A lot of music store subwoofers have sensitivity or efficiency ratings around the 90dB SPL mark to the 102dB SPL professional region. These are based on a theoretical one-meter distance away from the cabinet and a one-watt audio source in the sub-woofer frequency band. That is why I shun the smaller cabinets, and choose the larger dual driver models with more size and efficiency. The ultimate aim is get close to, or more than, 130dB SPL at 1-meter capability per subwoofer.

To figure out that number, take the amplifier power rating at the subwoofer impedance (usually 4-ohms) and take the base ten logarithm of that rating. Then multiply by ten to get the dB watts your amplifier provides at maximum capability. For example a 1200 watt at 4-ohm amplifier is 3.08 when base ten logged or 30.8dB watts. Then add this number to the subwoofer sensitivity/efficiency value to get the maximum SPL rating out of the cabinet. This calculation will also help when comparing powered subwoofers with un-powered versions needing external amplifiers.

 

I tend to avoid powered subwoofers only because most are in compact configurations, and the large cabinets need kilowatts of audio power and that means tens of pounds of extra weight to lift. In my gig rig, I always keep a two-wheeler or hand cart to move my subwoofers in and out of the venues. And some manufacturers are also offering 4” casters on the back of cabinets or tilt-back caster-wheels for one-man transportation.

 

I just do not see two musicians busting their backs dead-lifting a subwoofer cabinet without wheels or roadies. From the above math, subwoofers will chew up a lot of watts since they are the least efficient speaker that you will haul around. Be prepared to purchase corresponding audio power amplifiers that have per channel ratings of 1400 watts to 3000 watts for typical dual-18” subwoofer cabinets. And the speaker manufacturers seem to be not helping by de-emphasizing efficiency a bit to offer more power handling capability. To me this makes subwoofer cabinets better space heaters than acoustic transducers as only about 20% of the input power conveys to acoustic power (SPL), with the rest heating air.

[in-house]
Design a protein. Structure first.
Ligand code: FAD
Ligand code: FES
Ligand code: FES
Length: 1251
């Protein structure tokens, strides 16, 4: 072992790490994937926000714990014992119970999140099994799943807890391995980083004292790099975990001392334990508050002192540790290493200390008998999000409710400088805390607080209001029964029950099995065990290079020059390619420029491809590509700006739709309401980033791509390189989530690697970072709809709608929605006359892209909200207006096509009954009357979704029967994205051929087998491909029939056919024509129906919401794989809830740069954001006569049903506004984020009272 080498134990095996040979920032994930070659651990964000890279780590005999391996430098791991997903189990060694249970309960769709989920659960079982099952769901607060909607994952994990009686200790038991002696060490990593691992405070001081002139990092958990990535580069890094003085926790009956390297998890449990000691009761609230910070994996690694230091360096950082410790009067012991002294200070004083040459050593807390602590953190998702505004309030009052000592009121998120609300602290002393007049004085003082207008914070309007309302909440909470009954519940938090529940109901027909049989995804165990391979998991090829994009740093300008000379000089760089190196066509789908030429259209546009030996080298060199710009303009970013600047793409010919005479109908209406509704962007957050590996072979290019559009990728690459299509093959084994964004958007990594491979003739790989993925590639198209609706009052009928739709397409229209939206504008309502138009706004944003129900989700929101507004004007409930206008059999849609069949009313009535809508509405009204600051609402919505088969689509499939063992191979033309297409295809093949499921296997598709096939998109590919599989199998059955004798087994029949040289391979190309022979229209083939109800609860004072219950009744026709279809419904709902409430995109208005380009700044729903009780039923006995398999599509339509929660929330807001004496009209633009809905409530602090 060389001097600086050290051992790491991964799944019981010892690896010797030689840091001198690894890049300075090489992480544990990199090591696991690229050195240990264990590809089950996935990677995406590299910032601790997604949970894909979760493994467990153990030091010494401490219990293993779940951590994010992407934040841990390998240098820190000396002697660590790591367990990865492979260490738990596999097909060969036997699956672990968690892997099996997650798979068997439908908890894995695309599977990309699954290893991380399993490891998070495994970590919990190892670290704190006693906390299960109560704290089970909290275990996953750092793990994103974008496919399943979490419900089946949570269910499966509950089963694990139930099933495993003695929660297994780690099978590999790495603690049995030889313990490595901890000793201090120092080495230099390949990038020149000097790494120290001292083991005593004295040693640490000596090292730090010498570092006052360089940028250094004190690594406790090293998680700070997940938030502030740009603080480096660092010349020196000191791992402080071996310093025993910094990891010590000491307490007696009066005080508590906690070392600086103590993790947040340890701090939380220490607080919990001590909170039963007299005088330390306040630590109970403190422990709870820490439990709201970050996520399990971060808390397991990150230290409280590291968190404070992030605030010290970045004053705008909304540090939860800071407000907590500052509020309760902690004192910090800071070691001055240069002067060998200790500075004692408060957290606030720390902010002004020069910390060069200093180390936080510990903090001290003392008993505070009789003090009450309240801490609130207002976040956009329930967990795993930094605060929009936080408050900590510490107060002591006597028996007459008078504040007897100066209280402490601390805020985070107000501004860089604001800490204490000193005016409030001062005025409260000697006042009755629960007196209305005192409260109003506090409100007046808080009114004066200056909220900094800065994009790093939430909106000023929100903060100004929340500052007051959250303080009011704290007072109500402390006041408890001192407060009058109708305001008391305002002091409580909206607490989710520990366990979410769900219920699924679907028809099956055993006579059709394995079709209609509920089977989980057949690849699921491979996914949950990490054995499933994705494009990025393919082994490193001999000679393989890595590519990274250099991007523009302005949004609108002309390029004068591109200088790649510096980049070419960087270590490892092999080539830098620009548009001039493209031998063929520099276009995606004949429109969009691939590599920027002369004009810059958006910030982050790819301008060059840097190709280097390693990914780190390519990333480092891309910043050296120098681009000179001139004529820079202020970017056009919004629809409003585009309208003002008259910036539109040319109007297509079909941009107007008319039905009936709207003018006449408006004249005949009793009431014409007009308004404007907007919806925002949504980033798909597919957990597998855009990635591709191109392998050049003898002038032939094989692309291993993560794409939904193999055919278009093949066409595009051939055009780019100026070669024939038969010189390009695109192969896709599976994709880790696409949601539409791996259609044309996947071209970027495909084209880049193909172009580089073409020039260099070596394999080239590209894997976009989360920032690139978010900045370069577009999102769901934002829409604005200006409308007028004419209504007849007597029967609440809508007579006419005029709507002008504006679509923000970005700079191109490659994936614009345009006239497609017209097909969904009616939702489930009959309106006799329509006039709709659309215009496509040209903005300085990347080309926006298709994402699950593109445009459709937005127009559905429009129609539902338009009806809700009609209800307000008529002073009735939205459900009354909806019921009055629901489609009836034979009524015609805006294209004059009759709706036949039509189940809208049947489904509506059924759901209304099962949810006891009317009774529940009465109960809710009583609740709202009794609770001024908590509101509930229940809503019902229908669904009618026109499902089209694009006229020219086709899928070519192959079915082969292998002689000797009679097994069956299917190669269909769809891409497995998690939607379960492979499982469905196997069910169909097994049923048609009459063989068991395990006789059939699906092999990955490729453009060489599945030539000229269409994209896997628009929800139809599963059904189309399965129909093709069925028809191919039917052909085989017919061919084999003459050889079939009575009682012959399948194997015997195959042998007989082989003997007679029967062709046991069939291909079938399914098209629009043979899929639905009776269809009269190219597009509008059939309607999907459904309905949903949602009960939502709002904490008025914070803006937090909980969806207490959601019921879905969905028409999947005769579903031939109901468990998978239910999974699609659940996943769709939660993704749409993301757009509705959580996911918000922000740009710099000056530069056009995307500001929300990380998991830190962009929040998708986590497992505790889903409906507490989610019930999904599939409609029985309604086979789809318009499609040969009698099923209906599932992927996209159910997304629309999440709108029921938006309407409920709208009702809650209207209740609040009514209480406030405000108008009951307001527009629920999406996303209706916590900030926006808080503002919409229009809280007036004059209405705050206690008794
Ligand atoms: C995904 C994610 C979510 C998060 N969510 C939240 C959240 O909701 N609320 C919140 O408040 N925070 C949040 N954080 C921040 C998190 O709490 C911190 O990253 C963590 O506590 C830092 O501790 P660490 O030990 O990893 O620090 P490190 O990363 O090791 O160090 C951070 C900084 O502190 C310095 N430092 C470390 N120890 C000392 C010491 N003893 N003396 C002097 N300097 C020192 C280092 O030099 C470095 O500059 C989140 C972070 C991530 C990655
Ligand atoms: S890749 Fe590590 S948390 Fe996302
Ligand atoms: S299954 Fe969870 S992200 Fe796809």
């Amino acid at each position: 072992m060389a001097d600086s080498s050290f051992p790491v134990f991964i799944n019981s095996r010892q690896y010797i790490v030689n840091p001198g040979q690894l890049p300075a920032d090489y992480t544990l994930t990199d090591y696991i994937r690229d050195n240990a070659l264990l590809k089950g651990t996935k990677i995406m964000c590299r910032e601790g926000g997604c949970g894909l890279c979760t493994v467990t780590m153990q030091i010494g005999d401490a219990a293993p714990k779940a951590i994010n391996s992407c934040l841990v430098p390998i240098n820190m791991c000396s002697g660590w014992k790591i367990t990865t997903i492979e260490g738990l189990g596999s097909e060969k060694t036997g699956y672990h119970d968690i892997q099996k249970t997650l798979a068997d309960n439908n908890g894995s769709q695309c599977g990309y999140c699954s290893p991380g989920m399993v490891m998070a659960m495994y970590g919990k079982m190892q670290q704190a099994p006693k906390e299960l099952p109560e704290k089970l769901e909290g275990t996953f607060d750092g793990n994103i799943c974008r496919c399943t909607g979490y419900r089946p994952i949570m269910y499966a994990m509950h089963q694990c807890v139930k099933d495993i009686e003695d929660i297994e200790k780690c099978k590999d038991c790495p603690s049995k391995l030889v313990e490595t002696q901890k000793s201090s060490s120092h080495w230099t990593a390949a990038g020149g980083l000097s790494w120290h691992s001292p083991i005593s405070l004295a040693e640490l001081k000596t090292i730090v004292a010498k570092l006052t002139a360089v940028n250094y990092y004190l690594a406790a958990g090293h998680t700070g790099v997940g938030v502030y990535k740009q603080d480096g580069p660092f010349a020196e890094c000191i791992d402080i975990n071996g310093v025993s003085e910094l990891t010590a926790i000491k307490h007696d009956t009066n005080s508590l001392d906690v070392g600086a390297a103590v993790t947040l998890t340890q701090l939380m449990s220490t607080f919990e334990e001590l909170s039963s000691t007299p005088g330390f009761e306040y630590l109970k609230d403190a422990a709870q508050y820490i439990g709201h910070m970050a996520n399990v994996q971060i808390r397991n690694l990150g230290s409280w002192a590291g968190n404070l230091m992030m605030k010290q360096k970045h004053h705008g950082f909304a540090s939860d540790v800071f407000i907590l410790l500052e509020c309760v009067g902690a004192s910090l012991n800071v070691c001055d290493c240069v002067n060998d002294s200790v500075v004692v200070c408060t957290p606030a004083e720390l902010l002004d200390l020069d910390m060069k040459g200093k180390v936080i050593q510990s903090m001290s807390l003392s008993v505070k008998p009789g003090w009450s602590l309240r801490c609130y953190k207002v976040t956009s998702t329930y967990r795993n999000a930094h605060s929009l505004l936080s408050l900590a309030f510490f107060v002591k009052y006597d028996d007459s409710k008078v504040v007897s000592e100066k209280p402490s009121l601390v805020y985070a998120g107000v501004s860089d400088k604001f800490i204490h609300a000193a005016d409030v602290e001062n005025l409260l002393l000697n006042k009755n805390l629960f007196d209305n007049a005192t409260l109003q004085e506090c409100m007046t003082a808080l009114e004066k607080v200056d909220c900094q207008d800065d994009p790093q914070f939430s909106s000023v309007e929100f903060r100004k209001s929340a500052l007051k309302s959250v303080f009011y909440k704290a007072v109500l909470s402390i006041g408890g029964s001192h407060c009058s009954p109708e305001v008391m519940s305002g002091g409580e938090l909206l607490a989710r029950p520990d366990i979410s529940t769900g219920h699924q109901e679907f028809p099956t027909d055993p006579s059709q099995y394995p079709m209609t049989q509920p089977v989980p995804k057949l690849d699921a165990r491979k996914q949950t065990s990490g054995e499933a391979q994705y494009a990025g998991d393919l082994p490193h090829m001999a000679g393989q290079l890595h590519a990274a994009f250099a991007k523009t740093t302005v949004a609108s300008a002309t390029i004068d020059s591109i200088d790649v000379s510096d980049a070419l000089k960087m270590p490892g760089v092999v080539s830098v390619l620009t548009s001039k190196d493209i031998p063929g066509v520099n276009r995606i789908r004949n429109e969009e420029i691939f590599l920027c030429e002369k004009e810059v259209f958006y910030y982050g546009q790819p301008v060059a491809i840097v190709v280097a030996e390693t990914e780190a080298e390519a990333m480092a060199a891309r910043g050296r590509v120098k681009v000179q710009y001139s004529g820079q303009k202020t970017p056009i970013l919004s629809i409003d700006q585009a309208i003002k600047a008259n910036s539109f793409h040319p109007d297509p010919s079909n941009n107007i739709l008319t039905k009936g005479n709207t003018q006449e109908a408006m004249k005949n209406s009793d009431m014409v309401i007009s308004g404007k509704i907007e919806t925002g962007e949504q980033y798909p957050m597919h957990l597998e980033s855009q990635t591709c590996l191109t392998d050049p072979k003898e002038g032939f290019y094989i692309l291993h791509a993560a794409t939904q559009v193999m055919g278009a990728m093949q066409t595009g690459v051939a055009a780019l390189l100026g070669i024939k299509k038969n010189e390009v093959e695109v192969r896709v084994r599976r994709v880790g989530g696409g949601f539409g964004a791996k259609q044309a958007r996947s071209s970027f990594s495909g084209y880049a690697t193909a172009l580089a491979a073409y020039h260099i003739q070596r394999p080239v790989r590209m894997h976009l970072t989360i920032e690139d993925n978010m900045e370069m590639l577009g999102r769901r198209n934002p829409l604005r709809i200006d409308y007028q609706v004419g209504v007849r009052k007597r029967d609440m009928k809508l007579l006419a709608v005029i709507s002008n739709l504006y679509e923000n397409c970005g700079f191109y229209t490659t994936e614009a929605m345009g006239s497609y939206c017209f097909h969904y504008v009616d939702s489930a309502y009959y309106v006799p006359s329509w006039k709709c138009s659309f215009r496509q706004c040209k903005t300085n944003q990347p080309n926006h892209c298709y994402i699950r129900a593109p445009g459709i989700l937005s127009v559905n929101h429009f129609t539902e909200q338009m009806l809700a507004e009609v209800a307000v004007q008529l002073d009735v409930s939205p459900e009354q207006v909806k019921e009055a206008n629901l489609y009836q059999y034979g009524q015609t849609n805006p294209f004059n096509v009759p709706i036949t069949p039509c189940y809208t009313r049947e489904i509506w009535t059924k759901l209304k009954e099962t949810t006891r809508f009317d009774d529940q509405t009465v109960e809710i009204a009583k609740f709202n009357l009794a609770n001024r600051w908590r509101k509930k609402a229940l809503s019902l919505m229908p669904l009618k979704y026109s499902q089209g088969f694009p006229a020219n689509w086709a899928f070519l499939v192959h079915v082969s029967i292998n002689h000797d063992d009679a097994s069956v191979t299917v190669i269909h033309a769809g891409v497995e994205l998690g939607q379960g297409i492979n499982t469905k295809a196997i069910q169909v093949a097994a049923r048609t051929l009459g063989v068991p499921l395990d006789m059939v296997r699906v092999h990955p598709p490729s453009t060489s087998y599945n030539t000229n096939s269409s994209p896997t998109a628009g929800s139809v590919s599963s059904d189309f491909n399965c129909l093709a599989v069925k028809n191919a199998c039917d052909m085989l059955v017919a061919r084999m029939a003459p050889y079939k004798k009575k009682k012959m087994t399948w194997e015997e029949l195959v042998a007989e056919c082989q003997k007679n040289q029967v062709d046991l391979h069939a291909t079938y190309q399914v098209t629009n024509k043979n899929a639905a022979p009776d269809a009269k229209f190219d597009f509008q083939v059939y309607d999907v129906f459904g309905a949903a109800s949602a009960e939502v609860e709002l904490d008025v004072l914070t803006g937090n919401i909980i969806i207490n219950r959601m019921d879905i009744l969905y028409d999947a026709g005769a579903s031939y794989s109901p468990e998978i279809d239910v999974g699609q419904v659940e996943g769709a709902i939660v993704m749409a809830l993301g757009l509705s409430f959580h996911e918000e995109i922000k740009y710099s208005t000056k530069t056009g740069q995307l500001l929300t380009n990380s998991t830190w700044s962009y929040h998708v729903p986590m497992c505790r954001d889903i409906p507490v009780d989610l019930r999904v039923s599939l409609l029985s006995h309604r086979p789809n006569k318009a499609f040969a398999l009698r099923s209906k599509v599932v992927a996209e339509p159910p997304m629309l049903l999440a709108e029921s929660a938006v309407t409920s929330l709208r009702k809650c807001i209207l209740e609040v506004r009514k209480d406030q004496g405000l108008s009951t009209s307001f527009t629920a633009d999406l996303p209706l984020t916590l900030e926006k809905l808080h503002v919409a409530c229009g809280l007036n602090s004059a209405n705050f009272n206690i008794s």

Like speaker top boxes, your amplifier sizing has to be between the subwoofer’s continuous and program power ratings for the best performance. Too low of power and the amplifier may clip out too early and burn up the driver voice coils. Rarely done, too much power will punch the voice coil and former out of the magnetic gap and/or mechanically damage the drivers.

In summary, do not take a half-hearted step into subwoofers. Instead, save up for professional grade cabinets and properly sized power amplifiers. And do not forget the required speaker processor or crossover to segregate the sub frequencies from the top-box frequencies. On my example list of nice subwoofer cabinets, check out the double-18” offerings from EV (Eliminator KW, QRx218, Phoenix subs, Tour-X subs), the SRX728 from JBL, and the Peavey QW218 subwoofer offerings. There are many more great offerings, so let the grand beauty contest begin.

 

Originally posted 2009-02-09 01:27:46.